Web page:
GRASS VALLEY, Calif. — Following Truckee’s lead, Nevada City, Grass Valley and all of Nevada County are poised to ban single-use plastic bags in 2014, according to local officials.
“We are definitely planning on moving forward with something, sooner rather than later,” said Duane Strawser, a member of the Nevada City Council.
While Nevada City appears to be poised to move toward a bag ban, Grass Valley and Nevada County representatives said their agencies still have some work to do.
“It’s something that probably needs discussion,” said Howard Levine, a member of the Grass Valley City Council. “We want the Grass Valley Downtown Association and the Chamber (of Commerce) to assemble retailers to determine where they stand on the matter.”
Truckee’s plastic bag ban, which was approved in October, went into effect last week for grocers and food vendors. Customers there now have the choice to pay five cents for a paper bag, 10 cents for a reusable plastic bag, 99 cents for a reusable fabric bag or remember to bring in their own reusable bags.
The Truckee law will be enforced starting in June.
“They did a really good job on this thing,” said Steve Castleberry, director of Nevada County’s public works department. “They did incredible outreach, brought in individual opponents, did rounds with the merchants and retooled the ordinance a couple times before adopting it. It was a (eight- or nine-month) process.”
South Lake Tahoe’s own ban applies only to single-use carryout plastic bags given out at the point of sale, but not to restaurants or to a wide array of other types of plastic bags, such as sandwich bags, garbage bags or to plastic bags used to wrap meat or produce.
For now, South Lake Tahoe’s ban has no penalty for violations. The city council chose to not impose fines for several months as the ban takes effect and gets reviewed. It will start to apply to retail businesses in the city on Oct. 15.
“It’s really not that big of a deal,” said Nevada City Manager David Brennan. “I have reusable bags, I just need to remember to bring them with me. But I bet it would only take (forgetting them without the option of plastic bags) once for me to learn.”
The cultural shift of consumers appears to be more of an issue than the businesses themselves.
BriarPatch Co-op already does not use plastic checkout bags, and the owners of Grass Valley’s Grocery Outlet have already expressed support of a ban, but it also has expressed some concerns regarding the cost of relying solely on paper bags, Levine said.
While representatives of larger grocery chains in Grass Valley, such as Raleys and Safeway, have not weighed in on the local debate, those stores have already complied with bans in other communities, such as Truckee.
Dave Painter, owner of SPD Markets, a local grocer with locations in both Grass Valley and Nevada City, has previously said he would support a bag ban as long as it is adopted countywide, so as to not force one of his locations to compete with stores operating under different regulations.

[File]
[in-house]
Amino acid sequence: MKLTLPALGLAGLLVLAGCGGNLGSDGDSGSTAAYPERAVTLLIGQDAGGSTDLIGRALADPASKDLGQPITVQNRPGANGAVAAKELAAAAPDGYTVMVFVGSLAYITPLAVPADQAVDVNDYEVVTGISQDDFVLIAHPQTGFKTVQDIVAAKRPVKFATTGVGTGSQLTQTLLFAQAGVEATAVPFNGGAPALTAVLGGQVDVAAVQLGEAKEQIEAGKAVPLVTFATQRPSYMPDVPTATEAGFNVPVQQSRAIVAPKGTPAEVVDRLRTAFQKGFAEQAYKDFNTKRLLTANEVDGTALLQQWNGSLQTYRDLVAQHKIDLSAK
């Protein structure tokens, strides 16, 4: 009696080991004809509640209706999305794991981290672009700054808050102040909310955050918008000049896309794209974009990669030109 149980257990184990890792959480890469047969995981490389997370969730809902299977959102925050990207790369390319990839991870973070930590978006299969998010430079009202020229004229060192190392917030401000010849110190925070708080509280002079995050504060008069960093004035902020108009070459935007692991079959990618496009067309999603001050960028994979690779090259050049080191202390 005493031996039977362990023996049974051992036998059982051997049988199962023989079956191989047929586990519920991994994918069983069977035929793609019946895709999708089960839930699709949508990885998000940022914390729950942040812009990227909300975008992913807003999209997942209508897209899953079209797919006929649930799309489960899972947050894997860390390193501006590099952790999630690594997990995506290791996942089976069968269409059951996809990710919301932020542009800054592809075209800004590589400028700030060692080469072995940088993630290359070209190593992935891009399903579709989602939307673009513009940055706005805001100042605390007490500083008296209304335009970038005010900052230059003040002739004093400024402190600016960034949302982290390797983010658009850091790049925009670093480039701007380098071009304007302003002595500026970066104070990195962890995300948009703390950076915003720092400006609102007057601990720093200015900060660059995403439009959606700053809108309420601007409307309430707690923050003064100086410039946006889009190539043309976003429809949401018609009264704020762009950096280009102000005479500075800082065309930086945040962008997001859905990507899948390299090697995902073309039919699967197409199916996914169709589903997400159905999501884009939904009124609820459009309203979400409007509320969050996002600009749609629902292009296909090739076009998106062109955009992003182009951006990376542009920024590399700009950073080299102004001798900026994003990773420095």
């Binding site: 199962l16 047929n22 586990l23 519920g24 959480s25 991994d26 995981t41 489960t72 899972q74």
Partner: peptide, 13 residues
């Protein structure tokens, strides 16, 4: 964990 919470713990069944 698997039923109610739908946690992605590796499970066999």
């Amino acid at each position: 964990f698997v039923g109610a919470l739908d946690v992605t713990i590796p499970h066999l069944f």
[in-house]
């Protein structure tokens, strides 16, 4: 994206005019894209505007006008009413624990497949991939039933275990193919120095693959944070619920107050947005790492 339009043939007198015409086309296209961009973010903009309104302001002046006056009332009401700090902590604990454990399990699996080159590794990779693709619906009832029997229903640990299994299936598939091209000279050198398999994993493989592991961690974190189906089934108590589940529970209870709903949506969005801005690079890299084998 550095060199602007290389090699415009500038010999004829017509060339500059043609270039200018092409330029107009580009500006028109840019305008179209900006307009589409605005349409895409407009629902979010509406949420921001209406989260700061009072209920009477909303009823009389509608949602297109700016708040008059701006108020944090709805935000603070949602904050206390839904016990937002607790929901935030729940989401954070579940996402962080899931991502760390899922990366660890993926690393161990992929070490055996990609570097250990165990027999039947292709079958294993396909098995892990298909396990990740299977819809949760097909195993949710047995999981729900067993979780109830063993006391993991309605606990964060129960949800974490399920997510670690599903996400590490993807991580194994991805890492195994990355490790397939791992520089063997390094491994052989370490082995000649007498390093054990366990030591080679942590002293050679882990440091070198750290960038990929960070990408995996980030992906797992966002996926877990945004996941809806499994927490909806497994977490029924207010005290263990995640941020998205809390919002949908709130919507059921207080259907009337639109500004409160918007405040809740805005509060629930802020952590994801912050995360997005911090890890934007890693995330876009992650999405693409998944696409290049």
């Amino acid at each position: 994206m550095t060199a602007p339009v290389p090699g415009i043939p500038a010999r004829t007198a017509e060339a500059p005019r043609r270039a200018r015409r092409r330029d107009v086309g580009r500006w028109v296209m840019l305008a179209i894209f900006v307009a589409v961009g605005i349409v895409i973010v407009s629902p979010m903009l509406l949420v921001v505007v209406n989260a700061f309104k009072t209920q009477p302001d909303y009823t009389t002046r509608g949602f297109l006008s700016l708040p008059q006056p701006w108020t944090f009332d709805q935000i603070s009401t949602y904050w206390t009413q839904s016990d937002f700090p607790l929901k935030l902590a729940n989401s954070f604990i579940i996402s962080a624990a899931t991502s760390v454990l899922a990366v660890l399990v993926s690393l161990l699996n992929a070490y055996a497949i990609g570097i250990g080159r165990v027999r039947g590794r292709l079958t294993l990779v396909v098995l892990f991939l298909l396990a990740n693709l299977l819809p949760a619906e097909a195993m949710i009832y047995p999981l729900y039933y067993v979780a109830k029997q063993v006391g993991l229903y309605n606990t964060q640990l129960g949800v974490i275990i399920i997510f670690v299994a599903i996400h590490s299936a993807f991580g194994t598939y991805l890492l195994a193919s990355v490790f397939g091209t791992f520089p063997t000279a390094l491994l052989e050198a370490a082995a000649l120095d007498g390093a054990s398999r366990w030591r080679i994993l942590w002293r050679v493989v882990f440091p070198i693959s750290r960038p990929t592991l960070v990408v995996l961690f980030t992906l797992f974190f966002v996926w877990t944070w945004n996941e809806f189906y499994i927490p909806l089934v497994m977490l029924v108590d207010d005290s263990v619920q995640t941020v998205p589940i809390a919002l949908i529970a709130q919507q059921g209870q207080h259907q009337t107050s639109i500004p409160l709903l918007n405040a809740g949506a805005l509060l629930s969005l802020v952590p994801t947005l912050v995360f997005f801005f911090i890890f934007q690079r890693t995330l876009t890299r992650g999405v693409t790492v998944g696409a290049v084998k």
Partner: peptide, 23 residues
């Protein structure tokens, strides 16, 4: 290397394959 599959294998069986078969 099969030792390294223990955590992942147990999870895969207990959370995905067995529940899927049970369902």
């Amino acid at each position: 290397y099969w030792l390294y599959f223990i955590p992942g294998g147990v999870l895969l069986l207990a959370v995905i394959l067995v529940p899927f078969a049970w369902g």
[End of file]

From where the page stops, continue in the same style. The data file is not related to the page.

“It would be best if that was the case,” Levine said. “The grocers have said they would like everybody to be on the same page.”
While Grass Valley looks to garner feedback from its merchants on the impact of a bag ban, Strawser said Nevada City is ready to move forward.
“There have been some informal discussions with merchants that would be affected, and generally there is no opposition,” Brennan added, noting Nevada City won’t likely be adopting any ban for at least 60 days.
“At our next meeting (in February), we are going to talk about what Truckee has done and what we like about it,” he said.
On Jan. 10, a California appeals court upheld San Francisco’s ban on single-use plastic bags that can serve as a precedent for other cases. That ordinance was passed in February 2012 and prohibits plastic bags that can be used only once and requires stores to charge 10 cents for recyclable plastic or paper bags.
As for the county, Castleberry noted that most of the affected businesses are within the two cities, except for a few pockets. At a Jan. 9 meeting of the Nevada County Solid and Hazardous Waste Commission (of which Levine and Strawser are both members), Nevada County Supervisor Hank Weston indicated he wants to follow the cities’ lead, Castleberry said.
“There are different shades of how to solve the problem. I’m not saying there isn’t a problem, the problem exists everywhere, and we can do what we can do limit that,” Levine said. “But it is ultimately up to every individual to take responsibility for their part.”
Tom Lotshaw, a reporter with the The Tahoe Daily Tribune, a sister publication of The Union, contributed to this report, as did the Associated Press.